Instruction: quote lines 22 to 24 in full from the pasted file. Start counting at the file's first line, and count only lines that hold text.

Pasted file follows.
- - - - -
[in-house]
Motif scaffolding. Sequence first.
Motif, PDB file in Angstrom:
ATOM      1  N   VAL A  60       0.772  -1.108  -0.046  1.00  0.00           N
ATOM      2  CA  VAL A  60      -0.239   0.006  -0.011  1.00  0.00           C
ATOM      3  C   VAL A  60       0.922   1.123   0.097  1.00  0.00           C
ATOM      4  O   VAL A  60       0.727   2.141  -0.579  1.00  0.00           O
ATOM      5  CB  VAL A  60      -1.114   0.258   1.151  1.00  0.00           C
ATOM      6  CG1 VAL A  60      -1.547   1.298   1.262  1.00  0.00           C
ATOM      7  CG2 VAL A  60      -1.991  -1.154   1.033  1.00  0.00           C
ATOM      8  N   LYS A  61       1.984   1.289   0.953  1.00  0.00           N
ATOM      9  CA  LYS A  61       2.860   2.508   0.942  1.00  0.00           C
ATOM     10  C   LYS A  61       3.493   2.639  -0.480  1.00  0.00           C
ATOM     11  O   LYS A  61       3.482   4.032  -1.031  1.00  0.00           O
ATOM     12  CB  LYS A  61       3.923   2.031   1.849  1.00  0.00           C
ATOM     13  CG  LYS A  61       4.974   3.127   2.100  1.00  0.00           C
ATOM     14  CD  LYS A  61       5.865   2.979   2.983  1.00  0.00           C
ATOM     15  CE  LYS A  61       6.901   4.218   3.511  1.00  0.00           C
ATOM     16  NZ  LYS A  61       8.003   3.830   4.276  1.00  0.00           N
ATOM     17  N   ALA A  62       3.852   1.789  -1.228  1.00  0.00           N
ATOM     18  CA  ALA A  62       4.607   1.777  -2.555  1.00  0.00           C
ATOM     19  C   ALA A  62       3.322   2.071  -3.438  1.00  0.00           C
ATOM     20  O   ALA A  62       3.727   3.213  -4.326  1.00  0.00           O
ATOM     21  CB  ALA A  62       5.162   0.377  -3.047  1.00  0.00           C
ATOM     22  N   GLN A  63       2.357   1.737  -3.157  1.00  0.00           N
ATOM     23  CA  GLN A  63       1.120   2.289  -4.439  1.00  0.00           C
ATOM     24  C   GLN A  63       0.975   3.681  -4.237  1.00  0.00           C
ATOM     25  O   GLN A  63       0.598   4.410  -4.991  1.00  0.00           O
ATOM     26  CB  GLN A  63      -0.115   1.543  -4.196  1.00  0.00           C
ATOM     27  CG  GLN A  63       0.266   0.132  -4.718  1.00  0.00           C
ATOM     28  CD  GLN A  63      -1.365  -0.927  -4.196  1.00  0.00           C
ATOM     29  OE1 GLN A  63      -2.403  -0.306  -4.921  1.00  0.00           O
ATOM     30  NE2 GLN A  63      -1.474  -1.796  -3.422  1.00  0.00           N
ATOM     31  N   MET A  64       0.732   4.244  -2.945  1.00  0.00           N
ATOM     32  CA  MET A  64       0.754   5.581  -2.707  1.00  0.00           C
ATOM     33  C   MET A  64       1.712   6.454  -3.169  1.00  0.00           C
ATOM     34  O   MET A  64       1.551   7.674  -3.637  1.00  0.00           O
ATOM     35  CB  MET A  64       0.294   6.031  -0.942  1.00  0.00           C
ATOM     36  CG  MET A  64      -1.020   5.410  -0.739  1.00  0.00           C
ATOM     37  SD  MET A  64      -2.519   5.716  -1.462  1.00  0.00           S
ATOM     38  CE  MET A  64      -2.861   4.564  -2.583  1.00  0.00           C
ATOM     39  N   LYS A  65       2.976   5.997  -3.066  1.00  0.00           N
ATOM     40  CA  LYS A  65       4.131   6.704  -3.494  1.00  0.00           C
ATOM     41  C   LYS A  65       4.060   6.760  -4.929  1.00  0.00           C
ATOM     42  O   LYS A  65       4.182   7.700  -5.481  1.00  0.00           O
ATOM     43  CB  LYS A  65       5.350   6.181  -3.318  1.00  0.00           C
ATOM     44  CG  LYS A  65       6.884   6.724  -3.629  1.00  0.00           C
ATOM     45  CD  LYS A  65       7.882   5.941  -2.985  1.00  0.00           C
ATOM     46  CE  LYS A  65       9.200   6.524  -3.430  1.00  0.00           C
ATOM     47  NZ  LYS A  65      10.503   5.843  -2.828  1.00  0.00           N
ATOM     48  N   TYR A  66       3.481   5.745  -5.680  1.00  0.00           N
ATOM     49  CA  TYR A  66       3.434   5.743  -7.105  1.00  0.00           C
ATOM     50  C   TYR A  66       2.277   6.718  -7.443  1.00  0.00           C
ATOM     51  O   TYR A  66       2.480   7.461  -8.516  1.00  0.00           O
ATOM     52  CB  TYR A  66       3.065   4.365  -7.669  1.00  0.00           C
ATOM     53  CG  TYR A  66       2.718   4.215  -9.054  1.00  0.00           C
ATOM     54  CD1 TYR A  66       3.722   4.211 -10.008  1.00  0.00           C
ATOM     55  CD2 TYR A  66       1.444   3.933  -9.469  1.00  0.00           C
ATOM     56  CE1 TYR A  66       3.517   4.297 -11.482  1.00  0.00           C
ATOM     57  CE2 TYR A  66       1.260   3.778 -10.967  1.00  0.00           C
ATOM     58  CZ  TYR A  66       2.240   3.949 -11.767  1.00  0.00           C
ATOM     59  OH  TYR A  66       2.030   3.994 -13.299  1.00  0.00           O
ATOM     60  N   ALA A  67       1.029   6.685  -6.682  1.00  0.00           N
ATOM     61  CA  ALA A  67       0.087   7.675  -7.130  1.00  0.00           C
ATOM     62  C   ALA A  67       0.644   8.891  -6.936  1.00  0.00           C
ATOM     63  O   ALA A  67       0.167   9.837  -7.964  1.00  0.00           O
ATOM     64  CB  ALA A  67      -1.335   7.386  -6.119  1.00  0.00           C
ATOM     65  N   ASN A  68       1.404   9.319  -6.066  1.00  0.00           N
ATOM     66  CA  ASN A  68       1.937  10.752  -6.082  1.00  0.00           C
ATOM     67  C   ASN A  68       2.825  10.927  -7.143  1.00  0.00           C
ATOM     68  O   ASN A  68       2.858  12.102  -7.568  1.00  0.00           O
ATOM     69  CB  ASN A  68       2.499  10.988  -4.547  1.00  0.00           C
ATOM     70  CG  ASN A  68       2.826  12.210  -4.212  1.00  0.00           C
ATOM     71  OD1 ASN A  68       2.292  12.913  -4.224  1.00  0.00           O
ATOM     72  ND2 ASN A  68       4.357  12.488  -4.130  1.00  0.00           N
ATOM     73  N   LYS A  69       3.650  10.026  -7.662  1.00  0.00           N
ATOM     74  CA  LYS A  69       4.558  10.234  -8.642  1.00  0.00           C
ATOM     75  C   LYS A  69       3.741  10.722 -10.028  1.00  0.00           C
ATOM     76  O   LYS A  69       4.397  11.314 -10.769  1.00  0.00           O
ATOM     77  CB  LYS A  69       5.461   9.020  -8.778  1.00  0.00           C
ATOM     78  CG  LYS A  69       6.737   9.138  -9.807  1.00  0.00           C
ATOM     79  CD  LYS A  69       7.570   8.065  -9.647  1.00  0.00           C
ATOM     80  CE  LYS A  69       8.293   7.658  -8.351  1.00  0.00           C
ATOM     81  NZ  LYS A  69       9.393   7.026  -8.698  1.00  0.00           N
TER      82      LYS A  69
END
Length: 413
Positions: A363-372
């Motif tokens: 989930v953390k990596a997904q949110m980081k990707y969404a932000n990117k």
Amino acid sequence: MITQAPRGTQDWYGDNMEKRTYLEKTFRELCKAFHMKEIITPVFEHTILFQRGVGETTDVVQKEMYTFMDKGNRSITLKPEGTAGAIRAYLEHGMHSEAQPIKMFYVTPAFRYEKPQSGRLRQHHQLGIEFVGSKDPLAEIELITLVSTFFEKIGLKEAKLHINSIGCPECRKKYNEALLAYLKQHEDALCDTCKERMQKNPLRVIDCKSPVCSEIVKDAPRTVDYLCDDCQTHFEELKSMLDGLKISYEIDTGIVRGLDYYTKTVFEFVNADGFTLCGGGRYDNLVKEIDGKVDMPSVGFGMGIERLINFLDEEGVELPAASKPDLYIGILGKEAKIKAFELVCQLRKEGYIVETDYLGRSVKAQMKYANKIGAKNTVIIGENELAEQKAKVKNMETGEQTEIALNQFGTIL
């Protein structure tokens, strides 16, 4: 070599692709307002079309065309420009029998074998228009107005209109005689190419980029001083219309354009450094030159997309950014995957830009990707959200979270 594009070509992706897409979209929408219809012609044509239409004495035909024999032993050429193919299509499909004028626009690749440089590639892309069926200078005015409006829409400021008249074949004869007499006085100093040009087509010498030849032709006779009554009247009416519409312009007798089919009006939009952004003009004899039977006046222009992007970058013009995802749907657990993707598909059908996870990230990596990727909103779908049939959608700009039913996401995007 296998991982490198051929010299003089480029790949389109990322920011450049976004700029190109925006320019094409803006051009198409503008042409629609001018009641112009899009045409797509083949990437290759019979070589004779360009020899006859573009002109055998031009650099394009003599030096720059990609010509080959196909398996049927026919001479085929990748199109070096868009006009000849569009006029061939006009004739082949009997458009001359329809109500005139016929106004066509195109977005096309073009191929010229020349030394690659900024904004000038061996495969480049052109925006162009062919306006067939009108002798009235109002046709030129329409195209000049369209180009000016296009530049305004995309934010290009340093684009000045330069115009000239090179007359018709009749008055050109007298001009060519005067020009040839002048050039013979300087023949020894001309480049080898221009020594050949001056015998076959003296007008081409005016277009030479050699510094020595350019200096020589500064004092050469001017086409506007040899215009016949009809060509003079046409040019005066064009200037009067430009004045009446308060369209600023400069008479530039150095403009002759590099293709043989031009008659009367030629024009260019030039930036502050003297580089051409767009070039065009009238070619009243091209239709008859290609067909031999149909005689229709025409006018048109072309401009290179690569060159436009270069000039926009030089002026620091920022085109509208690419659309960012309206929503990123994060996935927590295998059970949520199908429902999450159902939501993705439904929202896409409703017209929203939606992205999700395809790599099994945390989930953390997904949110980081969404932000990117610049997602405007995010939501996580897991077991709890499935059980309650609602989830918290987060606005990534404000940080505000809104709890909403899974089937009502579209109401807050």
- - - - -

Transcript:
ATOM     19  C   ALA A  62       3.322   2.071  -3.438  1.00  0.00           C
ATOM     20  O   ALA A  62       3.727   3.213  -4.326  1.00  0.00           O
ATOM     21  CB  ALA A  62       5.162   0.377  -3.047  1.00  0.00           C